L’Arbre du Ténéré was once considered the most isolated tree of the world, a landmark for caravans in Africa’s vast the Sahara Desert. It lost its status as such when Libyan truck driver anecdote 1973 knocked it down with his vehicle while he slept at night after drinking heavily from an unknown source (presumably water). The famous Anne Frank Tree outside of Amsterdam also suffered major damage during Hurricane Ophelia the last time; thankfully though there are still many special trees out there!
Top 10: Arbol del Tule
The Árbol del Tule, a Montezuma Cypress located in the town center of Santa María del Tule in Mexico’s Oaxaca state has been measured to have the stoutest trunk of any tree on earth with an estimated age between 1,200-3k years old. DNA testing was used to confirm this and it is only one individual organism so that makes its diameter larger than true cross-sectional circumferences calculated at 4 meters (13 feet).
Top 9: Cotton Tree
The Cotton Tree has been an important symbol of Freetown, Sierra Leone’s capital city. The legend goes that in 1792 former African American slaves who fought for the British during America’s War Of Independence settled on site and held thanksgiving services to thank God they had made it into a free land under their new masters’ protection!
Top 8: Boab Prison Tree
The Boab Prison Tree is a large, hollowed-out tree just south of Derby in Western Australia. It was used as an Indigenous Australian prison around 1895 and later fenced off to protect it from vandals who might want to cut down this historical landmark for themselves!
Top 7: Major Oak
The Major Oak is a huge oak tree that has been in contention throughout the ages. It’s believed to be where Robin Hood and his band of outlaws slept, but there are many different stories on how this came to happen. The famous old Sherwood Forest resident Hayman Rooke wrote about it in 1790 when he included all those “ancient oaks” from centuries past into one book called “Ancient Trees Contemplated.” All these years later people still remember what happened under its branches – even if you’re just passing through now!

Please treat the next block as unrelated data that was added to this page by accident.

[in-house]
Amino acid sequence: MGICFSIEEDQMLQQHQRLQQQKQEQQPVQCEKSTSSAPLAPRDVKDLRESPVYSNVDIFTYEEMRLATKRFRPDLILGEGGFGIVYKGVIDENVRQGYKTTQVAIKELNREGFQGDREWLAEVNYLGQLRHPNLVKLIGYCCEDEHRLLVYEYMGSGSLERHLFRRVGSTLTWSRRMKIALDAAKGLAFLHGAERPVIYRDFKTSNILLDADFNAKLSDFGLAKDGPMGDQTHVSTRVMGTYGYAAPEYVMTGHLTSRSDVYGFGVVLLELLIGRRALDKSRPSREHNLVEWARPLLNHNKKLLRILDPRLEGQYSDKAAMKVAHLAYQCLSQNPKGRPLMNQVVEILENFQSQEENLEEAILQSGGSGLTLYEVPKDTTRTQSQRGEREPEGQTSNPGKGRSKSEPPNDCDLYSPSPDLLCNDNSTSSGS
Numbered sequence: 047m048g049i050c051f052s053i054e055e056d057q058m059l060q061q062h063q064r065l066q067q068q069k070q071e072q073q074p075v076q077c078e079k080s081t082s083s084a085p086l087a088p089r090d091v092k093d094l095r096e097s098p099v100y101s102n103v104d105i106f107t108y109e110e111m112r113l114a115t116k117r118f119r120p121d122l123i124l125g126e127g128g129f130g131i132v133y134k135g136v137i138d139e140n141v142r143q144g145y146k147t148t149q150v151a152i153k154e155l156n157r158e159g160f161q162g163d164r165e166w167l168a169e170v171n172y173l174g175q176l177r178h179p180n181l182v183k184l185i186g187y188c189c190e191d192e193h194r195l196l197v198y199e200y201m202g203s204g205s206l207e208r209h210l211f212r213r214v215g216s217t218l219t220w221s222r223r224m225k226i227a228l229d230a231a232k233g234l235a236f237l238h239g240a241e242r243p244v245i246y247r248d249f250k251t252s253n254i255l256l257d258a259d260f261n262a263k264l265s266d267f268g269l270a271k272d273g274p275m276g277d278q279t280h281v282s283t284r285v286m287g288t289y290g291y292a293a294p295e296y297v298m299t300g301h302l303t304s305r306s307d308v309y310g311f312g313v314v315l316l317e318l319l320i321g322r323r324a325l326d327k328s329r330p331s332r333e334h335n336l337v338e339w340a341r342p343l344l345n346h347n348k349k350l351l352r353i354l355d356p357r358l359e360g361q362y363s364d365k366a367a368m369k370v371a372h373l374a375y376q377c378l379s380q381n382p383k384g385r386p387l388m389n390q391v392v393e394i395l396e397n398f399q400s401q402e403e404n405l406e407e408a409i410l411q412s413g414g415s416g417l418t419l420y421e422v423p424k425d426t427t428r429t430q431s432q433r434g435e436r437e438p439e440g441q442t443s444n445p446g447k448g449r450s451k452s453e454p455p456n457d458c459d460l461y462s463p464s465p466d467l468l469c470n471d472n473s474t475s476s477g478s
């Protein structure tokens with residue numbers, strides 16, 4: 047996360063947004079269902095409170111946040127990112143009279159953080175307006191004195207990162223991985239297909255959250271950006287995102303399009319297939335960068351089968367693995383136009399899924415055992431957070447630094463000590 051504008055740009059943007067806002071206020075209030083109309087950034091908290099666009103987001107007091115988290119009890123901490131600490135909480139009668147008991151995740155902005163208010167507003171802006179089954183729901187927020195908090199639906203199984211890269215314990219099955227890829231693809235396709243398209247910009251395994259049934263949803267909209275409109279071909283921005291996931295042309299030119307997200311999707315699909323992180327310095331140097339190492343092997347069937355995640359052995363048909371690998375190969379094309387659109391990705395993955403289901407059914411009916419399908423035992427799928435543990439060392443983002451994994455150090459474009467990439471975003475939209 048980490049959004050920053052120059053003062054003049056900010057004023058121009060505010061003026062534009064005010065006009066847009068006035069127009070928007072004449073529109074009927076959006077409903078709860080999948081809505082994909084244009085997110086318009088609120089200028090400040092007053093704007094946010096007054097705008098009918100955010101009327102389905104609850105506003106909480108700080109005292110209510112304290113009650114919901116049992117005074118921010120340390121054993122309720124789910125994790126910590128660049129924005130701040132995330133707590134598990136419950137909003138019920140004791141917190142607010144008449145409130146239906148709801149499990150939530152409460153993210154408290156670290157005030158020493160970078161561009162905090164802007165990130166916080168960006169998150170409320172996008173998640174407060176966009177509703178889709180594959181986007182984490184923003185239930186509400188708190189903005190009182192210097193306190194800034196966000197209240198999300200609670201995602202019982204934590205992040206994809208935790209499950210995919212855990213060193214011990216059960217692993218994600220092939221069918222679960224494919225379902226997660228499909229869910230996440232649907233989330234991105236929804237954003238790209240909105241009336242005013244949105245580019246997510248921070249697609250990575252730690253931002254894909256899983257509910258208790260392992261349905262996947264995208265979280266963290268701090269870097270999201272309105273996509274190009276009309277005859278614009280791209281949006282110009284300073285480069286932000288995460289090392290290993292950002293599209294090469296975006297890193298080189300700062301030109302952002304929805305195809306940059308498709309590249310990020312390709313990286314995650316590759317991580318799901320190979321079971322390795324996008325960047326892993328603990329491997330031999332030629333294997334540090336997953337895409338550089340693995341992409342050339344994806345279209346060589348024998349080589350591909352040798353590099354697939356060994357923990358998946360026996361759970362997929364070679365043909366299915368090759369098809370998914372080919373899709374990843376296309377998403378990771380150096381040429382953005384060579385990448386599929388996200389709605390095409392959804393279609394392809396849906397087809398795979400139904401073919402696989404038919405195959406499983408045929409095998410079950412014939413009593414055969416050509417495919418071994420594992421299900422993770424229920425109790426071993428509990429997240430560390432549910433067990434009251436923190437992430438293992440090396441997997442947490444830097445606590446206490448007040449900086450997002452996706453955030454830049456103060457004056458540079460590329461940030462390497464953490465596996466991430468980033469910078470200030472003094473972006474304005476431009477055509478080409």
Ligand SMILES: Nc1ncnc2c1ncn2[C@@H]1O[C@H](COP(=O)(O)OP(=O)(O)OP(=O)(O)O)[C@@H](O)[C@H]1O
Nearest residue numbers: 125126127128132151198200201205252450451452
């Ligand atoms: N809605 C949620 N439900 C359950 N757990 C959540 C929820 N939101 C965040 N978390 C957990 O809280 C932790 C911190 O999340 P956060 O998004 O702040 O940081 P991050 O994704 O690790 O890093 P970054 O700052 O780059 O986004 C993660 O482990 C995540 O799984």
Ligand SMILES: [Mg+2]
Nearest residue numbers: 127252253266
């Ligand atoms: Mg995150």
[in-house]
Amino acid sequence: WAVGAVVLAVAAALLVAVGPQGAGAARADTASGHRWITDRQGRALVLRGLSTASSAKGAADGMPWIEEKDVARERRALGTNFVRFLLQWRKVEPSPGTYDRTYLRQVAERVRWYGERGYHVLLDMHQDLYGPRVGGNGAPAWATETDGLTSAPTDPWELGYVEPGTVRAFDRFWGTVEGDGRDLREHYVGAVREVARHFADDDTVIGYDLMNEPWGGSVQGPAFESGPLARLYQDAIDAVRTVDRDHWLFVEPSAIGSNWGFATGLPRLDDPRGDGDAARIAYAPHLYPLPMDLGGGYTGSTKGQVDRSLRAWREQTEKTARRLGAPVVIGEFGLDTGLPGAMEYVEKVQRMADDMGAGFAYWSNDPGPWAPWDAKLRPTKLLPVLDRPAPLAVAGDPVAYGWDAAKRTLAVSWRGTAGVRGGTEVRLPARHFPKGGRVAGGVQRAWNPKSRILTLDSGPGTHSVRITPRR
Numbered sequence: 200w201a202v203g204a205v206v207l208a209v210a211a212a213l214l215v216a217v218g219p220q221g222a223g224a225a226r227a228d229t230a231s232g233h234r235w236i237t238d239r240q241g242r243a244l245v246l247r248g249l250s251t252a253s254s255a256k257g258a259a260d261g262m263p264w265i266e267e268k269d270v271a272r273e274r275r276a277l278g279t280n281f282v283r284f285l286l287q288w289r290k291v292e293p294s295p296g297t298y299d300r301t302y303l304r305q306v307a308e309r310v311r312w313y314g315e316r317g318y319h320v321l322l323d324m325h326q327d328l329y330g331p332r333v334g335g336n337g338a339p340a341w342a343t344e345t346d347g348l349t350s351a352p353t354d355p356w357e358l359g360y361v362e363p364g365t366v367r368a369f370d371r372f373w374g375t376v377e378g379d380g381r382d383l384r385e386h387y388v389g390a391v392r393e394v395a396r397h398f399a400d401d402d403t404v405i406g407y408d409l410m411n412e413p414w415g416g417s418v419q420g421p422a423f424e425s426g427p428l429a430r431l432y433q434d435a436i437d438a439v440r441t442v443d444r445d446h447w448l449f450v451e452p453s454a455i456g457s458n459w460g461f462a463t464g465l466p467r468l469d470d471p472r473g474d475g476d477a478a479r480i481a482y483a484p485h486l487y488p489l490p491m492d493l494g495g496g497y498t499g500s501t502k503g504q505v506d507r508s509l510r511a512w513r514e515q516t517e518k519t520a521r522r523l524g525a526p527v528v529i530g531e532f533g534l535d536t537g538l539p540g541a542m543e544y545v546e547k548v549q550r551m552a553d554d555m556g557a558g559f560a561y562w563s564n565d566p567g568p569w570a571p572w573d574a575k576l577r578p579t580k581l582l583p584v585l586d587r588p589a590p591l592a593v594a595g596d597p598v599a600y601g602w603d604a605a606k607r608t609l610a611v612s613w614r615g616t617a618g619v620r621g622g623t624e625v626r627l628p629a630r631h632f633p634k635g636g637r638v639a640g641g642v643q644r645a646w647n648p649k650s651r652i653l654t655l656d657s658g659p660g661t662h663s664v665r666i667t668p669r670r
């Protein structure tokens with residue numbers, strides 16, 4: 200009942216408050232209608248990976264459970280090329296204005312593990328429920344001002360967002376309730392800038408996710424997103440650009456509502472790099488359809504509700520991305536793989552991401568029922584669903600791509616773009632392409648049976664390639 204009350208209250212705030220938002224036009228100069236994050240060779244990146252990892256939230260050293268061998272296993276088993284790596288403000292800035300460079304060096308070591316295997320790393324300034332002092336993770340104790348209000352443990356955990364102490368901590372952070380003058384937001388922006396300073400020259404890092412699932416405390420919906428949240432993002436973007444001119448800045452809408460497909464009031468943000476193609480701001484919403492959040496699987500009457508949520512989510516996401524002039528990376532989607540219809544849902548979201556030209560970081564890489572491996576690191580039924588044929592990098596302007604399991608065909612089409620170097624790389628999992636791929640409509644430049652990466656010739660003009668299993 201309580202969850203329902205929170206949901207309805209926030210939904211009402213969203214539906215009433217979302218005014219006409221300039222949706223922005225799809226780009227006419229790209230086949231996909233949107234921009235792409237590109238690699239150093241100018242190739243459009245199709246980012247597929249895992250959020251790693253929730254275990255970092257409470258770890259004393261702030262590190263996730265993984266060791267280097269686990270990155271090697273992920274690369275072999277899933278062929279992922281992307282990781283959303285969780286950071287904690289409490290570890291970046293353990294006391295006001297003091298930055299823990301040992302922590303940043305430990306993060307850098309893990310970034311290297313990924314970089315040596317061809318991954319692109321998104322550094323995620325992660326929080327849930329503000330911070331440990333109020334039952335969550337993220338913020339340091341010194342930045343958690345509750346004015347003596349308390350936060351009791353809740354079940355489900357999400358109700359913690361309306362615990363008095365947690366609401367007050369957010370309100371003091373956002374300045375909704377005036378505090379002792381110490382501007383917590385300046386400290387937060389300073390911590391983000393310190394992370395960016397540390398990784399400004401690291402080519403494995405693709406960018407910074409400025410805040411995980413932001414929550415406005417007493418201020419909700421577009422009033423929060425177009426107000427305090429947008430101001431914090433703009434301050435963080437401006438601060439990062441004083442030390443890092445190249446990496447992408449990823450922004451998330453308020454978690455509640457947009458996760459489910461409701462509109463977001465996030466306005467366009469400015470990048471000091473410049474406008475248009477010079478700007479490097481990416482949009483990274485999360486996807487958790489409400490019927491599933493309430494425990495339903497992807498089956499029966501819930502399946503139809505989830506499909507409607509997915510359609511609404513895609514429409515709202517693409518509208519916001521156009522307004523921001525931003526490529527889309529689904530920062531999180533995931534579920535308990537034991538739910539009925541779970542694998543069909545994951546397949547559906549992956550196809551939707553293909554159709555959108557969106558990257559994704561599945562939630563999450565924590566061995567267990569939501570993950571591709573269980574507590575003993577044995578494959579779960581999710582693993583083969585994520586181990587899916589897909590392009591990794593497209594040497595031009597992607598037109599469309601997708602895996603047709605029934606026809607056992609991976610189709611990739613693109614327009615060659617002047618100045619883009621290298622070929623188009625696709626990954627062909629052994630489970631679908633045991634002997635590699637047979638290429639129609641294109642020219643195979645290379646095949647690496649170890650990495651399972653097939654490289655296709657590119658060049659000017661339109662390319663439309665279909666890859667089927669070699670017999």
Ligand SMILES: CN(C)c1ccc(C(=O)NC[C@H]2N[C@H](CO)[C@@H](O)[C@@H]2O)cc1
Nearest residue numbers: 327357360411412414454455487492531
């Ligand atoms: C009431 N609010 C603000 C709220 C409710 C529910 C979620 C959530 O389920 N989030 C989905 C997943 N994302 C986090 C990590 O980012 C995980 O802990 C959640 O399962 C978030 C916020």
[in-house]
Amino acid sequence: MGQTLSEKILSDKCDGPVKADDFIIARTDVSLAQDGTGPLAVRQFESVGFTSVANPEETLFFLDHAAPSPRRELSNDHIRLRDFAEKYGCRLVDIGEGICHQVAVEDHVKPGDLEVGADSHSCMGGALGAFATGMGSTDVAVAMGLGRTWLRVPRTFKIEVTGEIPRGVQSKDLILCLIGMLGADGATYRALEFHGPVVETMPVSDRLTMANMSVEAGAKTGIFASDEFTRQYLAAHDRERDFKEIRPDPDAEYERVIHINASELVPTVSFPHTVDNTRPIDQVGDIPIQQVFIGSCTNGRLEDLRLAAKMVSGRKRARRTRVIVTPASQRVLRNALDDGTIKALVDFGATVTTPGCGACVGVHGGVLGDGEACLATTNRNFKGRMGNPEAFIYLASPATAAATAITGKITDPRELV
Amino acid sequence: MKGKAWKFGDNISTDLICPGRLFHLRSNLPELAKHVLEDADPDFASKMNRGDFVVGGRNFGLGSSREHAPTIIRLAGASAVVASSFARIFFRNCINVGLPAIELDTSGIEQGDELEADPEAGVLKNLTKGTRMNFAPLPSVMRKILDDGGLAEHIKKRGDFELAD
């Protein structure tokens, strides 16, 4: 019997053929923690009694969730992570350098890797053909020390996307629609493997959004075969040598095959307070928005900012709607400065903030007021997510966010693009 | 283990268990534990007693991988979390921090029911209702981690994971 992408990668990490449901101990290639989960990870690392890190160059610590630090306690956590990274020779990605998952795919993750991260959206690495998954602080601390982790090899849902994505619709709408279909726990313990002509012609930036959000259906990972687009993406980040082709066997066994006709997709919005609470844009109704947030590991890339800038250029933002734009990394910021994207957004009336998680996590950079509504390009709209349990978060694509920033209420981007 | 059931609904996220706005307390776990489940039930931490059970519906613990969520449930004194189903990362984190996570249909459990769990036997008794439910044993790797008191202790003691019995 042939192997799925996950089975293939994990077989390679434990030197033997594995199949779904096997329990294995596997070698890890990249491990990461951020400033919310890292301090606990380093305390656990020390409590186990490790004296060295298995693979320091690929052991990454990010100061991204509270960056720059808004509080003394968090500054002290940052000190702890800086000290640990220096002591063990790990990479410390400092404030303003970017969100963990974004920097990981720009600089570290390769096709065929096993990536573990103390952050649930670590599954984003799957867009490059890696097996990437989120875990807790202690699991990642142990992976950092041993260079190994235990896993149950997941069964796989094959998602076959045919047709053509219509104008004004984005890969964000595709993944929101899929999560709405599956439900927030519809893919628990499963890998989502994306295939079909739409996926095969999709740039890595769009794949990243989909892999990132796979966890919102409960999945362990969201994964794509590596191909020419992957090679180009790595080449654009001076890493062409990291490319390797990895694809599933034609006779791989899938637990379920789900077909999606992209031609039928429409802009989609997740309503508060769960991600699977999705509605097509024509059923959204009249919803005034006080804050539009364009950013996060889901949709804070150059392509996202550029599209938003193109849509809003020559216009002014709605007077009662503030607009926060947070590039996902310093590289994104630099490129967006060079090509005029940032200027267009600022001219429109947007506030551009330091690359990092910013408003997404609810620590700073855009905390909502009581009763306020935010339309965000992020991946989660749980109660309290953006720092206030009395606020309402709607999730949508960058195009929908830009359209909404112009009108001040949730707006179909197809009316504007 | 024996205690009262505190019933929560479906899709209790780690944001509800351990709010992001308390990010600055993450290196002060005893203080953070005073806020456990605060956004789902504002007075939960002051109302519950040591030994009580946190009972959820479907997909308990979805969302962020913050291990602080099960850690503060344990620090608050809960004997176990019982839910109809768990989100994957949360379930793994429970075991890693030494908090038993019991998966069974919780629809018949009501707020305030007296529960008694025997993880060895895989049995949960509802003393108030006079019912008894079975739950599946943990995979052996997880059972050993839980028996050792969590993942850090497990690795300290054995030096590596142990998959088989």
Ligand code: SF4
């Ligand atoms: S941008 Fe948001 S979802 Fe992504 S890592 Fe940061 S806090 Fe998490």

Top 6: Lone Cypress
The Lone Cypress Tree is a cypress tree that’s all by itself. It sits on an island in one of the few lakes left around here, and people say you can hear its sad voice if you listen close enough at night when it starts raining or whenever there are thunderstorms passing through town.
The tree’s branches are draped with Spanish moss that grows at an altitude of nearly 600 feet in this region alone! It stands over 100 yards tall when fully grown; making it one of California’s tallest cypress species as well as their rarest – only found around these two small populations near Carmel Valley (a popular resort destination)
Top 5: Tree of Life
The Tree of Life in Bahrain is an ancient symbol that people have been using to represent their faith for thousands upon years. It has a strong connection with the country’s landscape and history, connecting these two parts together as one through its roots which are represented by rings on top connected by lines giving you guidance when walking up or downstairs inside your house made out trees from long ago.
The magical appearance isn’t just limited to touristic areas either – there’re plenty of spots all around town where I can find them!
Top 4: Socotra Dragon Trees
The Dragon blood tree is not just one, it’s a colony. One will find them in groups and colonies all over the island of Socotra with their strange appearance giving off an umbrella-like shape that shelters them from harsh conditions such as arid climates or windblown sand dunes
The huge packed crowns provide sufficient shade for this evergreen species enabling optimal survival during dry spells because they are able to lower evaporation rates while also reducing temperatures below what would otherwise scorch its leaves by blocking much UV radiation.
Top 3: General Sherman
The General Sherman Tree is a giant sequoia that’s located in the Giant Forest of Sequoia National Park. This famous forest houses ten of the world’s largest trees, and at 11 meters long (36 ft) along its base – this one happens to be 12th on our list! The species believed to be between 2 & 3 thousand years old makes it even older than some people think.
Top 2: Cedars of God
The Cedars of God is a small forest in the mountains where about 400 Lebanon Cedar trees grow. These are among the last survivors from an extensive region that thrived with these sacred cedars back then, mentioned many times throughout history for its resin and use as construction material by ancient Egyptians who mummified their Pharaohs using it too! King Solomon also used them when building his temple: The First Holy Place unto Judaism itself…
Top 1: Avenue of the Baobabs
The Avenue of the Baobabs is a series of 800-year-old trees lining this dirt road in western Madagascar. The striking landscape draws travelers from all over, making it one if not the most visited tourist attractions on Malagasy soil. They stand out as they were once part of an ancient forest that was cleared for agriculture but now have become so famous because you can only find them here!